Off-Broadway Review: “Dust Can’t Kill Me” Strikes a Redemptive Chord at the New York Musical Festival at the June Havoc Theatre

Off-Broadway Review: “Dust Can’t Kill Me” at the New York Musical Festival at the June Havoc Theatre (Closed Sunday August 7, 2016)
Book by Abigail Carney
Music and Lyrics by Elliah Heifetz
Directed by Srda Vasiljevic
Reviewed by David Roberts
Theatre Reviews Limited

“By the sweat of your face You will eat bread, Till you return to the ground, Because from it you were taken; For you are dust, And to dust you shall return.” Genesis 3:19

On its first return to New York City since it was featured in FringeNYC 2014, “Dust Can’t Kill Me” is a powerful and delightfully complicated trope for humankind’s eternal search for the meaning of beginnings, endings, and all that comes in between. The musical focuses on the “in between” and raises rich and enduring questions about human finitude and fallibility, forgiveness, and redemption and humanity’s enduring hope for the future.

Five friends are experiencing the “burden” of being human in life’s dust bowl in 1936 Rolla, Kansas. The drought there, the resulting dust bowl, and the difficulty to farm successfully places them in jeopardy of not surviving. Complicating matters is Angelina’s (played with a steely yet frangible strength by Elizabeth A. Davis) delicate pregnancy resulting from a tryst with an abusive married man, the murder of said abusive man at the hand of Angelina’s sister Lily (played with brutal cunning by Kathryn Gallagher), the placing of the blame for the murder on Lily’s black lover Everett (played with a steady redemptive chord by Richard Crandle), and the community furor over Birch (played with a sensitive spirit of commitment by Michael Castillejos) being caught kissing Abraham (played with a deep and abiding truthfulness by Adrian Blake Enscoe) in an empty church.

This “Everyman” band of brothers and sisters is “rescued” from the depths of their despair by the mysterious appearance of the Preacher (played with a seductive persuasiveness by Paul Hinkes) who claims to have the ability to “save” them from their “sins” by leading them from their post-the-Fall home East of Eden back to the more idyllic time of their innocence and lack of knowledge of good and evil. Think of a video loop rehearsing salvation history over and over and over again – a spiritual Sisyphus perhaps, or a “rough beast, its hour come round at last, slouching towards Bethlehem to be born” (W. B. Yeats, “The Second Coming”). The allegory is persuasive and richly mesmeric.

The cast is uniformly talented with remarkable vocal and acting skills as well as being accomplished instrumentalists and dancers. Their voices exhibit strength and range and each is capable of interpreting the lyrics with sensitivity and rich understanding. The musical numbers are rich in figurative language and imagery and laden with a treasure trove of tropes. Elliah Heifetz’s music and lyrics are engaging and enchanting and draw the audience deeply into the lives of the pilgrims seeking redemption and release. This redemption and release appears to be still just beyond the reach in the present as it was in 1936 or even earlier when humankind yearned for unconditional and non-judgmental love.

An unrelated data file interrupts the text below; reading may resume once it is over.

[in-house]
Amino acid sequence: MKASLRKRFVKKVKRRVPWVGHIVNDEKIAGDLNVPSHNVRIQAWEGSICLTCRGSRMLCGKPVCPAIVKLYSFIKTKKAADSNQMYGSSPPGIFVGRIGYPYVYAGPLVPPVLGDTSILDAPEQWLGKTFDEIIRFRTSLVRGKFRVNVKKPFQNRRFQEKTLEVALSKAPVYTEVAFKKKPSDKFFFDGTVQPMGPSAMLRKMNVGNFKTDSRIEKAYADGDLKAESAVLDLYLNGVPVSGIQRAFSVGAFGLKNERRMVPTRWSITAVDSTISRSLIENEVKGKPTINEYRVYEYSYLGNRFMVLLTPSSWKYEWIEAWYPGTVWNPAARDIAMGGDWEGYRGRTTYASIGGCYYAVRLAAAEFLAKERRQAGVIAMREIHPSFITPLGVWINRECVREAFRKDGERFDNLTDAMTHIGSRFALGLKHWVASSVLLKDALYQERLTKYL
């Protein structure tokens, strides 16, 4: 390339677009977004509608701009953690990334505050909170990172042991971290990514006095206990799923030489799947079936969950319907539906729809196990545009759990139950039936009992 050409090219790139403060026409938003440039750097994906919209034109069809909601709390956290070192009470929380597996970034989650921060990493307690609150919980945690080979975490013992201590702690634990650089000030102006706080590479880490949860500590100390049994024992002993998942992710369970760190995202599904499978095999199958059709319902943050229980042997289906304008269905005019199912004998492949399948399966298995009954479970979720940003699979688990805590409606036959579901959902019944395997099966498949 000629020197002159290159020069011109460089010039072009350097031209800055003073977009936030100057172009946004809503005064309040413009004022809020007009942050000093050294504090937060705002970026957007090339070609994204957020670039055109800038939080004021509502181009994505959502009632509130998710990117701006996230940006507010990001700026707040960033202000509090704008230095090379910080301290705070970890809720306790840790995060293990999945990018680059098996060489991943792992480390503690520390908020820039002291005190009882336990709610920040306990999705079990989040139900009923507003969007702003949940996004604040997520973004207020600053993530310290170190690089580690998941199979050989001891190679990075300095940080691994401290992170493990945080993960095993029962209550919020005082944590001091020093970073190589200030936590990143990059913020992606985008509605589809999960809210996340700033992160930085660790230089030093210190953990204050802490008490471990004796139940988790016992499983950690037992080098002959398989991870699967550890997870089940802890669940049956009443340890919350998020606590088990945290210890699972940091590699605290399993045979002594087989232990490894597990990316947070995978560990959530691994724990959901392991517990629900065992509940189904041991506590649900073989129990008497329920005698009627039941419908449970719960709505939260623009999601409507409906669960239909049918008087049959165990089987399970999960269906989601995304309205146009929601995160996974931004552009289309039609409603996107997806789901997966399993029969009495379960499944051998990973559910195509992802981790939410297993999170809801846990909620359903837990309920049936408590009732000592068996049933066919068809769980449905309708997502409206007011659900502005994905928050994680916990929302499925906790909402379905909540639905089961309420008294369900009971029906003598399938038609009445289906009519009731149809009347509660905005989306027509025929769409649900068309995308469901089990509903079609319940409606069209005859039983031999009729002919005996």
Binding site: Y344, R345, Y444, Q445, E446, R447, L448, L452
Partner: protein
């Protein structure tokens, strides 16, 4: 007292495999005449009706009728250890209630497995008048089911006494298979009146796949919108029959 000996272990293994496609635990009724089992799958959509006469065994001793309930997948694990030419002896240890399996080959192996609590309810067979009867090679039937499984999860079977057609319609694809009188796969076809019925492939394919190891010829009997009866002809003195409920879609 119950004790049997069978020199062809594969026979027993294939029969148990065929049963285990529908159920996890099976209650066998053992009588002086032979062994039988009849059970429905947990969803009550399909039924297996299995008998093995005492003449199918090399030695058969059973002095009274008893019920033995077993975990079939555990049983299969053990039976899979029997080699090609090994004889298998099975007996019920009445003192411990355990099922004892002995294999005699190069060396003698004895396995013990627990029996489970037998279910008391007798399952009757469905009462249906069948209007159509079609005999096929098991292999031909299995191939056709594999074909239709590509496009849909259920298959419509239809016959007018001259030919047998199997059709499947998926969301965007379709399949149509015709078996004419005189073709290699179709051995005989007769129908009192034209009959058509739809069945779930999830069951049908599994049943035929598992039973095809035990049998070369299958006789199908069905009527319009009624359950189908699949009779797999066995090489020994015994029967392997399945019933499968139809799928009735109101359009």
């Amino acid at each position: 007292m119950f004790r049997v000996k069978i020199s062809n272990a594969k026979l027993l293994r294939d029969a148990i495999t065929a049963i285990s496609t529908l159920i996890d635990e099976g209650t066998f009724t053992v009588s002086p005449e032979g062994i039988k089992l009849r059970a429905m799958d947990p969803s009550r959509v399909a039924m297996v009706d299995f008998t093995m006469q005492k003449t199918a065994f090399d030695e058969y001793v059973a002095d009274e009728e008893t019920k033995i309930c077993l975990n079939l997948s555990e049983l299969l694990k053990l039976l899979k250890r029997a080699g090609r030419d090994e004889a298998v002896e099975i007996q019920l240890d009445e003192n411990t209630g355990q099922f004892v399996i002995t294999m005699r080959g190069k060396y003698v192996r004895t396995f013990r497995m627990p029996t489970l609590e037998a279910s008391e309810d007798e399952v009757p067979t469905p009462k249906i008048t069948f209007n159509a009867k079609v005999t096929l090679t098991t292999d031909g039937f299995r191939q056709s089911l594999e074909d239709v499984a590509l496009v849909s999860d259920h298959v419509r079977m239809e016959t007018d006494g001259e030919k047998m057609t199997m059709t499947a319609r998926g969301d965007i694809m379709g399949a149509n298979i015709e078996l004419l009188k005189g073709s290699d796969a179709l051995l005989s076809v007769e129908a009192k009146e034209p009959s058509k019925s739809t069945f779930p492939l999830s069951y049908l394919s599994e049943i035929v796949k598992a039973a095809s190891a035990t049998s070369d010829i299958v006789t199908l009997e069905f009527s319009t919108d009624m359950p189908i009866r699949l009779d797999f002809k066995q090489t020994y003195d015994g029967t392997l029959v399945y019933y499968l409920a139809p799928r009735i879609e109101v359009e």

There are still some difficulties with the book, especially in the second act. Although the characters are all societal “outcasts,” their statuses as community pariahs have different provenances. Without judging their actions (the musical is rich with moral ambiguity), both Lily and Angelina have “sinned” by acts of commission. Everett is cast out because of racism and not as a result anything he “did.” And Birch and Abraham, likewise, are “punished” not by anything they “did” but because of their inherent immutable sexual status. They are victims of homophobia. And, of course, part of the community’s concern with Angelina is blatantly sexist. But to place all of these “conditions” under one umbrella of “sin” is confusing and detracts somewhat from the strength of the piece.

Srda Vasiljevic’s direction is inspired by his work on the “Spring Awakening” but here is richly connected to the core of “Dust Can’t Kill Me” and he stages the musical with an inspired vision. Jennifer Jancuska’s choreography, though reminiscent of the choreography in other shows – on and Off-Broadway – that feature actors who double as orchestra, is fresh and insightful. Reid Thompson’s set design is limited only by the stage at the June Havoc Theatre and he works wonders within those confines. His design is flexible and easily morphs into the musical’s various settings. Oliver Wason’s lighting, Max Gordon’s apocalyptic sound design, and Stephanie Levin’s costumes complement the musical’s dramatic structure.

“Dust Can’t Kill Me” is still a work in progress and – having seen it’s “incarnation” in 2014, this reviewer looks forward to seeing its grace-laden apotheosis in the very near future. Finally, a question and a suggestion. What would it be like for Abraham and Birch to lead the allegorical crossing over to the new land given Abraham is “the father of many?” And “Don’t Not Go Gentle” ought not to be a curtain call “one more song” number. It’s message – the stark and plaintive words of Dylan Thomas” – is integral to the cathartic dénouement of the musical. Mother Nature’s firing squad might appear to “shoot us down;” however, although “we got no cross, we hang around.”